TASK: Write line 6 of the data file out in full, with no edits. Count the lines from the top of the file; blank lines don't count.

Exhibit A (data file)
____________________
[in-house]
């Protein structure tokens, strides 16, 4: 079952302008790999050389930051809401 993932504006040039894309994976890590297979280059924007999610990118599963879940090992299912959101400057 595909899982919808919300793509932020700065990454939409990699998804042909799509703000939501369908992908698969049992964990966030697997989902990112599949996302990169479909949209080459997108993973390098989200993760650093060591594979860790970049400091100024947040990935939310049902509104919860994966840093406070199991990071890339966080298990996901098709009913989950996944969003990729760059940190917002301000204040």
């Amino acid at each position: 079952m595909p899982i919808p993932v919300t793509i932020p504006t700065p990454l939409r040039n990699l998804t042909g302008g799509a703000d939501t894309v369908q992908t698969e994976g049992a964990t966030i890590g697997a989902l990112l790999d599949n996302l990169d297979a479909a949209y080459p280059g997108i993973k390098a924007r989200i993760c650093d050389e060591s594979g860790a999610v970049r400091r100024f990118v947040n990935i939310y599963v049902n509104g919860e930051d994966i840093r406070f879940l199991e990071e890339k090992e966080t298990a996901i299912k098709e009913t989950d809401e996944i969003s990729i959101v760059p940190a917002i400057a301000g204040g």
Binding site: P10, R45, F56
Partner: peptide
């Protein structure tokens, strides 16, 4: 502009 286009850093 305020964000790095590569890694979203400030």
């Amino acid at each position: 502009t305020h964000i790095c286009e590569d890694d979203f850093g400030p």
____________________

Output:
């Protein structure tokens, strides 16, 4: 502009 286009850093 305020964000790095590569890694979203400030």